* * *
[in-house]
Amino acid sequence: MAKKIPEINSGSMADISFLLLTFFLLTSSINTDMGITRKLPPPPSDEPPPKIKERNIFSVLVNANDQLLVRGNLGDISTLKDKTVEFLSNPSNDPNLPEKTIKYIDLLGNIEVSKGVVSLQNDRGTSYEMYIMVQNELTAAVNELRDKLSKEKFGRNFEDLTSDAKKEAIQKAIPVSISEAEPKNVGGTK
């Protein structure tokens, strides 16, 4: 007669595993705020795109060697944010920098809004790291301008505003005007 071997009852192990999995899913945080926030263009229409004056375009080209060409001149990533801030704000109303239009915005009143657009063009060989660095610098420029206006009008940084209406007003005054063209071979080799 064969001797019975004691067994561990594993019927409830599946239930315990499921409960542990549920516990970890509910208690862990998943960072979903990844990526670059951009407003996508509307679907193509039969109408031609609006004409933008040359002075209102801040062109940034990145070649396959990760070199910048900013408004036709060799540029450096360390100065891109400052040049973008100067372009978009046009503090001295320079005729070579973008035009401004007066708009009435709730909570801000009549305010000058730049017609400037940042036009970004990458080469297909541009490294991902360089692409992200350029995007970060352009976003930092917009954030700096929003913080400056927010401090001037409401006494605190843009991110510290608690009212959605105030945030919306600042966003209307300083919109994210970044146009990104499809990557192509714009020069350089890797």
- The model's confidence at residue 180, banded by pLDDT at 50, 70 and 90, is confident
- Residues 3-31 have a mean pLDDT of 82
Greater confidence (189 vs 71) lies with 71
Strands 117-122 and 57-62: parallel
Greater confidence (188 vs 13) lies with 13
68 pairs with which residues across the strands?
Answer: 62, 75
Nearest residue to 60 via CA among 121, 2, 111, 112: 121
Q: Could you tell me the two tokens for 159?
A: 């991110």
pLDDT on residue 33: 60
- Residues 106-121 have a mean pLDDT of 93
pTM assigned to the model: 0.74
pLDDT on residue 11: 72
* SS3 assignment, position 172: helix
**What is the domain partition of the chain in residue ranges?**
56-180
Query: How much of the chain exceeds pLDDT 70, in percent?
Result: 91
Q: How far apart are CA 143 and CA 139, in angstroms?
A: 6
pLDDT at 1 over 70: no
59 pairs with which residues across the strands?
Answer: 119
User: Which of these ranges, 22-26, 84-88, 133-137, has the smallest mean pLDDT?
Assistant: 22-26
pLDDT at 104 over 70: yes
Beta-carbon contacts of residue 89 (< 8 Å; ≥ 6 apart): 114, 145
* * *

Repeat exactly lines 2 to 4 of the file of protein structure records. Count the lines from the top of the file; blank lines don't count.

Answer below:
Amino acid sequence: MAKKIPEINSGSMADISFLLLTFFLLTSSINTDMGITRKLPPPPSDEPPPKIKERNIFSVLVNANDQLLVRGNLGDISTLKDKTVEFLSNPSNDPNLPEKTIKYIDLLGNIEVSKGVVSLQNDRGTSYEMYIMVQNELTAAVNELRDKLSKEKFGRNFEDLTSDAKKEAIQKAIPVSISEAEPKNVGGTK
């Protein structure tokens, strides 16, 4: 007669595993705020795109060697944010920098809004790291301008505003005007 071997009852192990999995899913945080926030263009229409004056375009080209060409001149990533801030704000109303239009915005009143657009063009060989660095610098420029206006009008940084209406007003005054063209071979080799 064969001797019975004691067994561990594993019927409830599946239930315990499921409960542990549920516990970890509910208690862990998943960072979903990844990526670059951009407003996508509307679907193509039969109408031609609006004409933008040359002075209102801040062109940034990145070649396959990760070199910048900013408004036709060799540029450096360390100065891109400052040049973008100067372009978009046009503090001295320079005729070579973008035009401004007066708009009435709730909570801000009549305010000058730049017609400037940042036009970004990458080469297909541009490294991902360089692409992200350029995007970060352009976003930092917009954030700096929003913080400056927010401090001037409401006494605190843009991110510290608690009212959605105030945030919306600042966003209307300083919109994210970044146009990104499809990557192509714009020069350089890797």
- The model's confidence at residue 180, banded by pLDDT at 50, 70 and 90, is confident